I am planning to walk at least part of the Camino de Santiago (Way of St James) in Spain, in September of this year. But I am having difficulty obtaining information on accommodation. I have a month and would like to finish in Santiago.

G Boyle

Ayreshire

The Travel Editor replies:

The Spanish Tourist Office in London will be delighted to help. You need to decide which sections of the walk you want to cover. The whole route runs right across northern Spain, through the provinces of Huesca, Navarra, La Rioja, Burgos, Palencia, Leon, Lugo, La Coruna and Santiago.

Having chosen the provinces you intend to walk through, you can ask the Spanish tourist office to send you lists of accommodation for each province. The lists cover a range of accommodation types. There is also a general "Way of St James" brochure.

To obtain these brochures call the tourist office brochure line on 0891 669920 and leave a recorded message. For more specific queries, call 0171 499 0901. When in London, you can drop in at 57-58 St James St, SW1A.

PACKAGE HOLIDAYS FOR OLDER TOURISTS

A South American friend of mine is planning to bring his 80-year-old mother to Britain. He has asked me to find an all-inclusive package deal that would take them through some of the main European cities for a month, and that caters for the elderly.

R Lozano

The Travel Editor replies:

The best known tour operator that caters specifically for the needs of older holiday-makers is Saga Holidays (tel: 0800 300 500). These have a number of all-inclusive tours in Europe, which combine air travel from the UK, with coach travel once in the chosen area of Europe.

HOW DO I AVOID PRICKLY HEAT?

I am travelling to India soon and I am concerned about prickly heat. I spent a year in the Caribbean without suffering, yet recently the rash has appeared from brief periods in the sun here in Newcastle. I have tried using a sunbed to "toughen" my skin; could this be causing it? Should I avoid the sun before I go? Are any treatments particularly effective?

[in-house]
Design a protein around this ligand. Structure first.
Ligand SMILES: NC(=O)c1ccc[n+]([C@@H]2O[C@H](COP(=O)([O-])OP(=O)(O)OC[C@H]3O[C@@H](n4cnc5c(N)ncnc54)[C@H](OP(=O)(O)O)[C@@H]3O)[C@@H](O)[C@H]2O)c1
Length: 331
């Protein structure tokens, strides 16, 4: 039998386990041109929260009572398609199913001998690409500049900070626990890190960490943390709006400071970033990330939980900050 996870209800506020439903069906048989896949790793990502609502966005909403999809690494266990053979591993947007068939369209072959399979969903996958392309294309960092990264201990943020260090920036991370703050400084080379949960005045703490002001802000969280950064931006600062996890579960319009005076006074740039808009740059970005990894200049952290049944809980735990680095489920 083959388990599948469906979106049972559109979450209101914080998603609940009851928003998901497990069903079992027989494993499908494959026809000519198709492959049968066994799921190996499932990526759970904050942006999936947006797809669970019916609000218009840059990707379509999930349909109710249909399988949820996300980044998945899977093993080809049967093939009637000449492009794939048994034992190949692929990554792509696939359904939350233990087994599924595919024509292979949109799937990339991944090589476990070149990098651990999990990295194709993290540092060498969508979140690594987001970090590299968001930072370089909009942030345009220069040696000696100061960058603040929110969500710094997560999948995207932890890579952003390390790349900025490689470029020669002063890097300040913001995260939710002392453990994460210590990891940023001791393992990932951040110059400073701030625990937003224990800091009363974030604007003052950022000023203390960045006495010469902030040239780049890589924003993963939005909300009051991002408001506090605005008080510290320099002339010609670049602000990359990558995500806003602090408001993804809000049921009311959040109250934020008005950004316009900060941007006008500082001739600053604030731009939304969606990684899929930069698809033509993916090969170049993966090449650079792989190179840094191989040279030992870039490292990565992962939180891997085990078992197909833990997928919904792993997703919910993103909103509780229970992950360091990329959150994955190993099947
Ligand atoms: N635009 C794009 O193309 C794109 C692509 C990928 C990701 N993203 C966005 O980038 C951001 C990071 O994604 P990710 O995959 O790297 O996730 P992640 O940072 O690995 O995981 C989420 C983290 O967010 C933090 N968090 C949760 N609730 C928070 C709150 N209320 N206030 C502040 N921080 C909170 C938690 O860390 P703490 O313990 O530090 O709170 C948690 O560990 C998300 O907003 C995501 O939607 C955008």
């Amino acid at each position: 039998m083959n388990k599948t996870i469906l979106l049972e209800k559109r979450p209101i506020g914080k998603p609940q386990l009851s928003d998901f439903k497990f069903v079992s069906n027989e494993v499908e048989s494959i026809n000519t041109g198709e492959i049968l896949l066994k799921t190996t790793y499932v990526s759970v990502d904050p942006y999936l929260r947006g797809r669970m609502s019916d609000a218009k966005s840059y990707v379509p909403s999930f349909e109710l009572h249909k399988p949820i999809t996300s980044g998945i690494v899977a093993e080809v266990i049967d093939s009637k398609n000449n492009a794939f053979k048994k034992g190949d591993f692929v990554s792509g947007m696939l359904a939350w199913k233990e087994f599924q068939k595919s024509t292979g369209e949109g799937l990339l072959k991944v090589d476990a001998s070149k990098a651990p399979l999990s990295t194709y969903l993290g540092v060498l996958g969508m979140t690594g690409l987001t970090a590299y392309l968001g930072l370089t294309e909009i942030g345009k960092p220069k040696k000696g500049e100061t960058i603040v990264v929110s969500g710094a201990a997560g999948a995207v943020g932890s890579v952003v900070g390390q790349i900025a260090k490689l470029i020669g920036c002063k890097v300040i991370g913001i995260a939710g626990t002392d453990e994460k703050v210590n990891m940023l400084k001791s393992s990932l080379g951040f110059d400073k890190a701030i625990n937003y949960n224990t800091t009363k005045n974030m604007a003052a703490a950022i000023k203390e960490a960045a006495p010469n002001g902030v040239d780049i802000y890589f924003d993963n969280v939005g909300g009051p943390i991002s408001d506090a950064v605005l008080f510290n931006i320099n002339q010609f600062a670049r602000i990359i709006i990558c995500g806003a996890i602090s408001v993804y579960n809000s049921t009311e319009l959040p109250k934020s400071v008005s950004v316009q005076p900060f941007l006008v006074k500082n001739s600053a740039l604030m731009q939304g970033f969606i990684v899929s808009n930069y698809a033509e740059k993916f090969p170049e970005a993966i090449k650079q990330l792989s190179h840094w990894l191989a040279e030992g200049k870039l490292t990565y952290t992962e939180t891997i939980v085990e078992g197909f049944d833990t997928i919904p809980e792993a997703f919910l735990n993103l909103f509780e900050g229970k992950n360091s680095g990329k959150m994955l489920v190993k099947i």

C Frost

Newcastle

Prickly heat is not, as most people believe, directly related to overexposure to the sun. In fact it arises due to the plugging up of the sweat ducts during hot weather. It occurs typically on the trunk and neck, but may also affect other parts such as the arms of even scalp. Exactly why the glands become blocked isn't known, but is probably the result of unevaporated sweat which may be excessive in hot and humid conditions. The skin becomes inflamed, resulting in the prickly itchy rash which is extremely uncomfortable and can disturb sleeping. The problem often resolves itself once people have been in the warm climate for some time.

Prickly heat can be prevented by trying to ensure that you keep clean and dry, helped by wearing cool, loose fitting cotton clothing. A cool shower at the end of the day provides some relief, taking care to dry the skin thoroughly and perhaps using talcum powder. If you do develop a mild case of prickly heat, then applying calamine preparations will relieve the itching. In more severe cases, taking anti-histamine tablets and applying hydrocortisone cream should help the itching and inflammation.

You mention the use of sunbed to "toughen" yourself to exposure to the sun. This is really not to be recommended, as a natural tan will thicken the skin, offering some degree of protection, whereas a tan from a sunbed will not have this property. The general advice is to avoid tanning at all, but, if you really want to, then build up the tan gradually over the holiday.

8 Dr Larry Goodyer is superintendent of the Nomad Pharmacy (3-4 Turnpike Lane, London N8, Tel: 0181-889 7014) which specialises in catering for travellers' medical needs.

Comments